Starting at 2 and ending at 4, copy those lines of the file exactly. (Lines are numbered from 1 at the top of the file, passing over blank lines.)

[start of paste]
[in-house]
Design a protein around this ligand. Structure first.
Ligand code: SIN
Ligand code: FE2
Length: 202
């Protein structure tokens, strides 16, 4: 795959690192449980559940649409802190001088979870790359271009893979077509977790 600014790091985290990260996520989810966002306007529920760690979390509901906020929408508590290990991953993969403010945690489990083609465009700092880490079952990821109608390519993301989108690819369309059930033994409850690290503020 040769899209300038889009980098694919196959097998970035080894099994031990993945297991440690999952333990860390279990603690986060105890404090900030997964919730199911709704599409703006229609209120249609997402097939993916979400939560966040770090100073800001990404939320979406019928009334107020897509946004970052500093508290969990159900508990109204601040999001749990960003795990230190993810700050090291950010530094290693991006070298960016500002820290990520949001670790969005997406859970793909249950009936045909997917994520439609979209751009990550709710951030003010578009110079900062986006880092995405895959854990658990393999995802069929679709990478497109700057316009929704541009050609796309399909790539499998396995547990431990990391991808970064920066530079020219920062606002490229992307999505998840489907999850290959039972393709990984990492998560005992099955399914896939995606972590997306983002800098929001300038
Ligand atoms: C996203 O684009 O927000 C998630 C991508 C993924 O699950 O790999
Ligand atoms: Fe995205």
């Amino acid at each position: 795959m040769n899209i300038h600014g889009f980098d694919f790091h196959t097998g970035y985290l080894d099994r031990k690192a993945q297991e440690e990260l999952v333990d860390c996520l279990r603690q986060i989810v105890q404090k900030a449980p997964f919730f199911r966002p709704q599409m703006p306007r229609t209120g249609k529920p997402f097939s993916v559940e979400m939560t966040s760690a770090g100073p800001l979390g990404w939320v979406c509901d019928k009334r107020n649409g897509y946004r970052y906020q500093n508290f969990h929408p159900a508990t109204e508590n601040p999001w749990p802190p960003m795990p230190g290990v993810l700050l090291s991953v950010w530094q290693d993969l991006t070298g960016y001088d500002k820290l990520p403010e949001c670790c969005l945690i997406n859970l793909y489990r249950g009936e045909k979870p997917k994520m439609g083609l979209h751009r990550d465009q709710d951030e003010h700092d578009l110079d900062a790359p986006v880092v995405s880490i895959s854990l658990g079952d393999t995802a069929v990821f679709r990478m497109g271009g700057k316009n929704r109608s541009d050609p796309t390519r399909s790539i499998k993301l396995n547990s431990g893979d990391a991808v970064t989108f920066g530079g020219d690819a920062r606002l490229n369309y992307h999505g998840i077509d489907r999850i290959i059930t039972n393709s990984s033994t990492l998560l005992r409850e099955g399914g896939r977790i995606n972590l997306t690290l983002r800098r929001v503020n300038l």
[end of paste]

Design a protein around this ligand. Structure first.
Ligand code: SIN
Ligand code: FE2